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Violence and Orchids
LP (12" album, 33 rpm)
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Orchids and Violence
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Nonesuch Records will release Violence and Orchids, the vinyl edition of Michael Daves's new album, Orchids and Violence, on May 6, 2016. The vinyl edition comprises two versions each of five traditional bluegrass tunes: acoustic takes performed with a band of roots-music innovators—bassist Mike Bub, violinist Brittany Haas, mandolinist Sarah Jarosz, and Punch Brothers banjoist Noam Pikelny—paired with electric rock renditions of the same songs played mostly played by Daves, with his wife Jessi Carter playing bass. It's "a roots-music master class, a brilliant example of old modes reinhabited with flair," says the New York Times. "To his credit, it can be hard to pick which version of a tune is best." The LP includes a download of the complete Orchids and Violence album.
The straightforward interpretations of the songs were recorded live to tape in a 19th-century church by Daves. The second disc was recorded in Daves's home studio and includes bass, drums, and electric guitar, and takes a raw, experimental rock approach to the same old-time material. The album was mixed by Vance Powell (Jack White, Kings of Leon, Danger Mouse).
"One of the things I love about bluegrass music is the tension between innovation and tradition," says Daves of the album. "When bluegrass came together, it was a fabrication of a variety of influences in American music yet it quickly became something people assume has been around forever. With this project, I can respect and honor the traditional aspects of that but also reflect on the innovative nature of bluegrass music when it was being created, when it was new.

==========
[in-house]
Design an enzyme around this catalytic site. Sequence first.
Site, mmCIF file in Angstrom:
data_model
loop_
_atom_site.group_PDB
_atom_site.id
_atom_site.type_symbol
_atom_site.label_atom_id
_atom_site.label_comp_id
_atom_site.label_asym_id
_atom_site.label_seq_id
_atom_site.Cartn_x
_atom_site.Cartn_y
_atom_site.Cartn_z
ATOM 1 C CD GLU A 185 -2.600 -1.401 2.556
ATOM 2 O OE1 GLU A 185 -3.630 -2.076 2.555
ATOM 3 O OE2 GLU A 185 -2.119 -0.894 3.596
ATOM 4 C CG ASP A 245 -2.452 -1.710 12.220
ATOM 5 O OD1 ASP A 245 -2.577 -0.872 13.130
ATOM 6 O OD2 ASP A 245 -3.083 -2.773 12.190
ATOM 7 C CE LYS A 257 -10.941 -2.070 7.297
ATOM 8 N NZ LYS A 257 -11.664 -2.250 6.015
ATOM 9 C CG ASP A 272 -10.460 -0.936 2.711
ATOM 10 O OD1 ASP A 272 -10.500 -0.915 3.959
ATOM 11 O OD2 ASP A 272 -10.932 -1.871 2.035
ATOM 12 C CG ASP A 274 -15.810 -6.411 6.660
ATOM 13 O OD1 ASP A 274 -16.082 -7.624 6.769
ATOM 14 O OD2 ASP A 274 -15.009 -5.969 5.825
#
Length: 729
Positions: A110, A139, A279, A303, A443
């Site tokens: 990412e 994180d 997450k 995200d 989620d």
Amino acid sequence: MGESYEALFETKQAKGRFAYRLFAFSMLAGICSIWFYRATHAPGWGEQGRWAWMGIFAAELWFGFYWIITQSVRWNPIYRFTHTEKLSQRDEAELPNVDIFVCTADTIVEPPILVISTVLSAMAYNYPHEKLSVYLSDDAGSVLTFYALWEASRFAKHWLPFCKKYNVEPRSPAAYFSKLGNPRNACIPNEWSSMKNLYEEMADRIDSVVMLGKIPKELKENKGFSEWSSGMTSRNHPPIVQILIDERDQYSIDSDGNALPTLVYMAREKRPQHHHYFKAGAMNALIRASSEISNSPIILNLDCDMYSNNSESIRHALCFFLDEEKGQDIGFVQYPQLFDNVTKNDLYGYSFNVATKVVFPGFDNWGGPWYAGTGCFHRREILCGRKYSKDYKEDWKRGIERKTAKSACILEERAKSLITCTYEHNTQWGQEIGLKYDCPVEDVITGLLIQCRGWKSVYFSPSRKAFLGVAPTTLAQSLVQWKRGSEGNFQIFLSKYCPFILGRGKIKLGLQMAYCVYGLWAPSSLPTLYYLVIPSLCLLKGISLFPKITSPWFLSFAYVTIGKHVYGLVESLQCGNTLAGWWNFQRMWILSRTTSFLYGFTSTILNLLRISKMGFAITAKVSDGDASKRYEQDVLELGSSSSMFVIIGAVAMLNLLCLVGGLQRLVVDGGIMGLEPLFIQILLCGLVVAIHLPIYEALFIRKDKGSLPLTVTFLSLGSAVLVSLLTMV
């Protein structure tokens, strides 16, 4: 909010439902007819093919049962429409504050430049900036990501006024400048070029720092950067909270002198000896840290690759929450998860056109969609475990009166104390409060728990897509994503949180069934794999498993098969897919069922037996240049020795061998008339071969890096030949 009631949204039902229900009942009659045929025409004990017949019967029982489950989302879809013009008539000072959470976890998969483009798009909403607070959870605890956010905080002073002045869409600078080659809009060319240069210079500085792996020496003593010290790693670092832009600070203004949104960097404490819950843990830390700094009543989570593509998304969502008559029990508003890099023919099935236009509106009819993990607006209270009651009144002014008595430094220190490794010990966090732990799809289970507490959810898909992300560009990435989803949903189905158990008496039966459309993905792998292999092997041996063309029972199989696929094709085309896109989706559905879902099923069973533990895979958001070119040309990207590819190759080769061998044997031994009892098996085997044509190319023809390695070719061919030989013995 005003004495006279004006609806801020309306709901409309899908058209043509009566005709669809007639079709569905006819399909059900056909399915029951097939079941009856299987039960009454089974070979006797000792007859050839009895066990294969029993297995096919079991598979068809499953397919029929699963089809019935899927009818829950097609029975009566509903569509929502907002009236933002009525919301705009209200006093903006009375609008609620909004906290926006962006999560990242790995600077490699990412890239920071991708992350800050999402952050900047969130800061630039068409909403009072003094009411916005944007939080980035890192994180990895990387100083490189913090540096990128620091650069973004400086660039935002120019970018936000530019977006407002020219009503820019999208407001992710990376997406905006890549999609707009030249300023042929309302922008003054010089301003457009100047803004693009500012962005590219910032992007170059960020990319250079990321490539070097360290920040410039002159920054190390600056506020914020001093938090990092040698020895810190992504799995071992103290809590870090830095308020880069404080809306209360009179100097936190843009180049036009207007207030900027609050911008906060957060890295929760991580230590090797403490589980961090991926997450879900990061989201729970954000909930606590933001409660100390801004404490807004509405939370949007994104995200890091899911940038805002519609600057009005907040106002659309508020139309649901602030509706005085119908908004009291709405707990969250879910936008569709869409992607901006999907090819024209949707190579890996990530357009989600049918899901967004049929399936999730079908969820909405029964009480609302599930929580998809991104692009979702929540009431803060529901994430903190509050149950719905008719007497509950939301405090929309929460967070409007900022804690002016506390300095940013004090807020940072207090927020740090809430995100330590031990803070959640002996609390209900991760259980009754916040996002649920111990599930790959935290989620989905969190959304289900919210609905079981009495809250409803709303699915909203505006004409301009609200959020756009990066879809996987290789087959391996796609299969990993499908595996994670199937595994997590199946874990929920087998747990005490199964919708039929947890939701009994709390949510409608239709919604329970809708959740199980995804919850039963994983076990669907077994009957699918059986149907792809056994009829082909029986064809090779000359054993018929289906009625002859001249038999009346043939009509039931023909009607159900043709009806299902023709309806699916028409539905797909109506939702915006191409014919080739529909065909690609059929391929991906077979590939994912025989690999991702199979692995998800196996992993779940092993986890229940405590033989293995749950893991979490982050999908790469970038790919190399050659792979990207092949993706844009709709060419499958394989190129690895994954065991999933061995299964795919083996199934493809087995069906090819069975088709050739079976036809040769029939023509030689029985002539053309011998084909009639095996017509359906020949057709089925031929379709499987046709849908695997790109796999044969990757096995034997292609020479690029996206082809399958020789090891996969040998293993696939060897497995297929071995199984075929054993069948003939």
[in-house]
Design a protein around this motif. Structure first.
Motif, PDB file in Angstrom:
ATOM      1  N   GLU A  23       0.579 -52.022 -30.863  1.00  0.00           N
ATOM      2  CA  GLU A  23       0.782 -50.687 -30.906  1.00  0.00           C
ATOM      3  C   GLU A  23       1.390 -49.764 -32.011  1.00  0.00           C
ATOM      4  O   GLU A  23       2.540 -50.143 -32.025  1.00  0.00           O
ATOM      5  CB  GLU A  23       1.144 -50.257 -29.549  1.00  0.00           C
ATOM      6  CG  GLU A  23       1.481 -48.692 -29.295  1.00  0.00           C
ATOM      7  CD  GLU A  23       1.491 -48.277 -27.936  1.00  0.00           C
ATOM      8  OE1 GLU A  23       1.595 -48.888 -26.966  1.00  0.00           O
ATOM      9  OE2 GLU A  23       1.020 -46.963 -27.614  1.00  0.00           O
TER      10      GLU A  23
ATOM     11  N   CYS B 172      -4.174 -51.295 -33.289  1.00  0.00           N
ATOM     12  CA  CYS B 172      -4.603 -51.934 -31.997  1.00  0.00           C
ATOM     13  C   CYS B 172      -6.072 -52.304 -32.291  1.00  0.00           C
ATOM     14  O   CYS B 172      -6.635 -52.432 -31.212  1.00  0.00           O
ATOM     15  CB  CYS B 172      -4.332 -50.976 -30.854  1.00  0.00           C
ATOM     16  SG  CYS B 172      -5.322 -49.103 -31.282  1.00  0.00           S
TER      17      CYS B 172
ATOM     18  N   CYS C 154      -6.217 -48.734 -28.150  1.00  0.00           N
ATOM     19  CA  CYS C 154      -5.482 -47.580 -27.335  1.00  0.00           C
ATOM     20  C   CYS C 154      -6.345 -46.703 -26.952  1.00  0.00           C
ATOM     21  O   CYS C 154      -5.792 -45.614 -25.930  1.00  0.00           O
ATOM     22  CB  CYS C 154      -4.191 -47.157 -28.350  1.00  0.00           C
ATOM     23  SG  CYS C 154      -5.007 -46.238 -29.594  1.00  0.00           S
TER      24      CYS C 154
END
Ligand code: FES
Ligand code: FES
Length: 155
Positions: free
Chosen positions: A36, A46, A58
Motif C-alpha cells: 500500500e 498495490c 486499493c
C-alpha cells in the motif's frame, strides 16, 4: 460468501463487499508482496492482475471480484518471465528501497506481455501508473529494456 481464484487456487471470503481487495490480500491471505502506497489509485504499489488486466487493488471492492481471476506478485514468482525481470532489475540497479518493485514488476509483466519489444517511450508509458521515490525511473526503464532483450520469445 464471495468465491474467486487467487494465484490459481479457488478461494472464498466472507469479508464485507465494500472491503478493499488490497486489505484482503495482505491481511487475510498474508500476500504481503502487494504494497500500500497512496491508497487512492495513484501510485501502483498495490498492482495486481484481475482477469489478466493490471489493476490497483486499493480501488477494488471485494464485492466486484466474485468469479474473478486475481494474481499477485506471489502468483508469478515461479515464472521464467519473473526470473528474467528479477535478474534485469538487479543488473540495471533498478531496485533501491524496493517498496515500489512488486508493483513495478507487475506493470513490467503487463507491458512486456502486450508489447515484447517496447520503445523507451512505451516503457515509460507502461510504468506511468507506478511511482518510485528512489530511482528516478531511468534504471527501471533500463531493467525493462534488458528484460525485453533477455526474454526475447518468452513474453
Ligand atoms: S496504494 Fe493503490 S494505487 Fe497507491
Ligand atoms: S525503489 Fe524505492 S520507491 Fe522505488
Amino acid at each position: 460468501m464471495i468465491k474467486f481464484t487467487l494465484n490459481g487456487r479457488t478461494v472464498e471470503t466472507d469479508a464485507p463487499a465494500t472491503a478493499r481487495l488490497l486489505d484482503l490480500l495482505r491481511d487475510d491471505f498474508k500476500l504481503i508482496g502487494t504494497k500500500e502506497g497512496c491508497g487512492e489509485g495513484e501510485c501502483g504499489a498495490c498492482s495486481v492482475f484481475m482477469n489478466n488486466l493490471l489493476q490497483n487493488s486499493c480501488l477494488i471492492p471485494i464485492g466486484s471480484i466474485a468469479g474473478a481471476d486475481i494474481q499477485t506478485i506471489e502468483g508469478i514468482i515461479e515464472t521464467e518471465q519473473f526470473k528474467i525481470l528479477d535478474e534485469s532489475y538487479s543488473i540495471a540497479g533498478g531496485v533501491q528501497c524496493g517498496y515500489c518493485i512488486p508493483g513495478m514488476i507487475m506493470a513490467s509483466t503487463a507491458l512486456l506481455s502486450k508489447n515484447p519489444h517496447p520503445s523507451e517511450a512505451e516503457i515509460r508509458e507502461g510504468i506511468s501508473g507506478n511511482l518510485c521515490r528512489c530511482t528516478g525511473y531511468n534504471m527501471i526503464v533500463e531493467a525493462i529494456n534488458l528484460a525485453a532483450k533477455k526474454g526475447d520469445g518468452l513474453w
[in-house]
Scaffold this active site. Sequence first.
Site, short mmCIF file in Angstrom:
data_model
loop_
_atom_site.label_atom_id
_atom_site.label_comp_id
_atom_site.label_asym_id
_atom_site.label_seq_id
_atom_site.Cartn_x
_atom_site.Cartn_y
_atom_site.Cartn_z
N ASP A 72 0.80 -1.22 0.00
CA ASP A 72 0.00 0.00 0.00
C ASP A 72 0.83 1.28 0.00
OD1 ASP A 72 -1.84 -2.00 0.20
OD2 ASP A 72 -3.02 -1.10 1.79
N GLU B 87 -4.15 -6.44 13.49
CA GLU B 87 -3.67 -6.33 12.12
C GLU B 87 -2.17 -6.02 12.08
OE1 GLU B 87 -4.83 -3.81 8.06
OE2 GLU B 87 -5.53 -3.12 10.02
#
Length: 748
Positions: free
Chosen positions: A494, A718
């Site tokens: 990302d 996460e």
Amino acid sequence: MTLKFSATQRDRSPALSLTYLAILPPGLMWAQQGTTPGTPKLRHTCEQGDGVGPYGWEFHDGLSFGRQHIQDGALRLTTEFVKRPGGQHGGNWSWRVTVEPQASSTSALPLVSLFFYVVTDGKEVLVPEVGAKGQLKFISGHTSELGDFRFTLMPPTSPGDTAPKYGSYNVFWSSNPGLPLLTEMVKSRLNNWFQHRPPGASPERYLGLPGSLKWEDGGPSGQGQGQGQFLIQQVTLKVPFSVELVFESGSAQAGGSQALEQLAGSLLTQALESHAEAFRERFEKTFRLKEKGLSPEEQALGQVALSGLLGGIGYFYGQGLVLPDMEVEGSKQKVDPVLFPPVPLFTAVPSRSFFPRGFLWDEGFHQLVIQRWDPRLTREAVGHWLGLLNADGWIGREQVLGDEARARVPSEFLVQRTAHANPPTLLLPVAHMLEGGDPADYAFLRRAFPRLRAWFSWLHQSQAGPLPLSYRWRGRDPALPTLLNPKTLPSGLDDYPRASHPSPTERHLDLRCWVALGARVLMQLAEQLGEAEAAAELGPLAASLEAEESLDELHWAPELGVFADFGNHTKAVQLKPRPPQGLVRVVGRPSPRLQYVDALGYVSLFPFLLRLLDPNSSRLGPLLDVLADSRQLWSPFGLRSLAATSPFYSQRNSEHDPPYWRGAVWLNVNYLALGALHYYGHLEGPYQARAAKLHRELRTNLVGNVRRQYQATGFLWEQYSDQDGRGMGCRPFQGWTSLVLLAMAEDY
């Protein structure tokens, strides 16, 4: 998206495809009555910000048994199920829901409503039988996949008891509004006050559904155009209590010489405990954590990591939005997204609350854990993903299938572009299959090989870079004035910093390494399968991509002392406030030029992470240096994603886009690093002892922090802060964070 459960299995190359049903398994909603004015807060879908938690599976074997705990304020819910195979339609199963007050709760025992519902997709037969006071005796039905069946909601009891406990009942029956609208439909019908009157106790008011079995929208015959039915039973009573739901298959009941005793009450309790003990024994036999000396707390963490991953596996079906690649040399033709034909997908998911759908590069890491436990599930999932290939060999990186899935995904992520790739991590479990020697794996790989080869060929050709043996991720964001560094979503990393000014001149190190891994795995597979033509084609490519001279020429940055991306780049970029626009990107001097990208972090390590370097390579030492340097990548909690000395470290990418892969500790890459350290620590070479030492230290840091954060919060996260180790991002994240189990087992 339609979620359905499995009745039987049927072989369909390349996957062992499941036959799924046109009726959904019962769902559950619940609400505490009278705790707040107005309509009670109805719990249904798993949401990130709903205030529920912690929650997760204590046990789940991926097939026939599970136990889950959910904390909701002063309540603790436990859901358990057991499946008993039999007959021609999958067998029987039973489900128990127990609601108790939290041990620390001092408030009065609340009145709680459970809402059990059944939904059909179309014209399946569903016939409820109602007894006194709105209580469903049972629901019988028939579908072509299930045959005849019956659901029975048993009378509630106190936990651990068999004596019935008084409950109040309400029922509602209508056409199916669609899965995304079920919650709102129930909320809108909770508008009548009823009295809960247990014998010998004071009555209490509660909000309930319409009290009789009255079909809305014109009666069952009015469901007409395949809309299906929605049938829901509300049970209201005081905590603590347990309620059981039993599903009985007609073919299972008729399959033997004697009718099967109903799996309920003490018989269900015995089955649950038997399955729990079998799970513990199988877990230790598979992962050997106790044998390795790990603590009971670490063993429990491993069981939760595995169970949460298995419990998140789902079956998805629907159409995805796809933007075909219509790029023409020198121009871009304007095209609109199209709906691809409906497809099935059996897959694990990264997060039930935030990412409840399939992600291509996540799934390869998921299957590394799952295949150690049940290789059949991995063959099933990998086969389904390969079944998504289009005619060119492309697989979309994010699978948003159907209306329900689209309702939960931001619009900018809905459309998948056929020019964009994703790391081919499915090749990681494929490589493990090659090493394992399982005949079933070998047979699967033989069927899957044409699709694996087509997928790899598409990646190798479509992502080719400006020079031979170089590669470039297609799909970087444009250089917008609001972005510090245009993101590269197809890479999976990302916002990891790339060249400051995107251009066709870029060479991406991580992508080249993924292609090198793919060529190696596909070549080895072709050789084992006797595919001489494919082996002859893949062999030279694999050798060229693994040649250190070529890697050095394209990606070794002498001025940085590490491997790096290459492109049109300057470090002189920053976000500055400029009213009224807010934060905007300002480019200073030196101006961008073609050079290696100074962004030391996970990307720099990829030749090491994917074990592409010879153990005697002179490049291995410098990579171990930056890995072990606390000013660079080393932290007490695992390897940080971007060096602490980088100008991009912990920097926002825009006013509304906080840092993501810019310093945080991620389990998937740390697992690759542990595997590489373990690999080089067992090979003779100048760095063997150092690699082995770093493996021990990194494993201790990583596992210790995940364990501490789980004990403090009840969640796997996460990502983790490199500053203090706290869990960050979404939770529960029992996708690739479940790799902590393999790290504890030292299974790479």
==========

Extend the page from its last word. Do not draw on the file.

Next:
"In the early conceptions of the electric record, I was thinking about it as something of a grunge record, but as it developed it became something pretty different," Daves says. "Those sounds that were happening in the early nineties were part of my discovering music, what I was absorbing as I was going out on my own as a guitarist and having my own bands. But when I got into making the record it was much more about the fun of exploring new sounds than reconnecting with some musical past. The album followed a period where I hadn't been playing much electric music, so plugging in felt pretty fresh, like discovering something new."
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This album, though, is more than just Daves showing off his chops. The concept didn't hit me until near the end of the second disc set. Each disc has the same set list, but in different styles. The first set sounds like very good but straight-forward bluegrass, and with songs like Darling Corey and Pretty Polly, there is a comforting and familiar sound for afficionados of acoustic music. The second disc is electric, and vaguely hipster country rock. Then it hit me. Stargazer. Mother Love Bone. Then I realized that when I heard Stargazer on the first disc, in a bluegrass style, it fit. I didn't even notice that I was listening to proto-grunge.
And that's the key to this album. Two styles: bluegrass, and electric country rock in an Uncle Tupelo vein. Same set list, drawing from different musical traditions to show how the pieces can be adapted. Not everything on the second disc worked for me. My tastes in electric music are probably getting old-fashioned, but the whole thing is a fascinating experiment. Nicely done.
When you can do a bluegrass version of Stargazer and make it sound right, you're onto something. Nicely done, Michael. Nicely done.
Oh, and good guests, like his sponsor, Tony Trischka. Good stuff.
Though I'm a big fan of stripped down guitar rock, I'm having a harder time getting into the rock album at this point. It's interesting to hear his take on what these traditional tunes could sound like plugged-in but so far curiosity is mostly what's driven my listening on the second album. That said, the bluegrass album is so good, it's worth the price and a 5 star rating.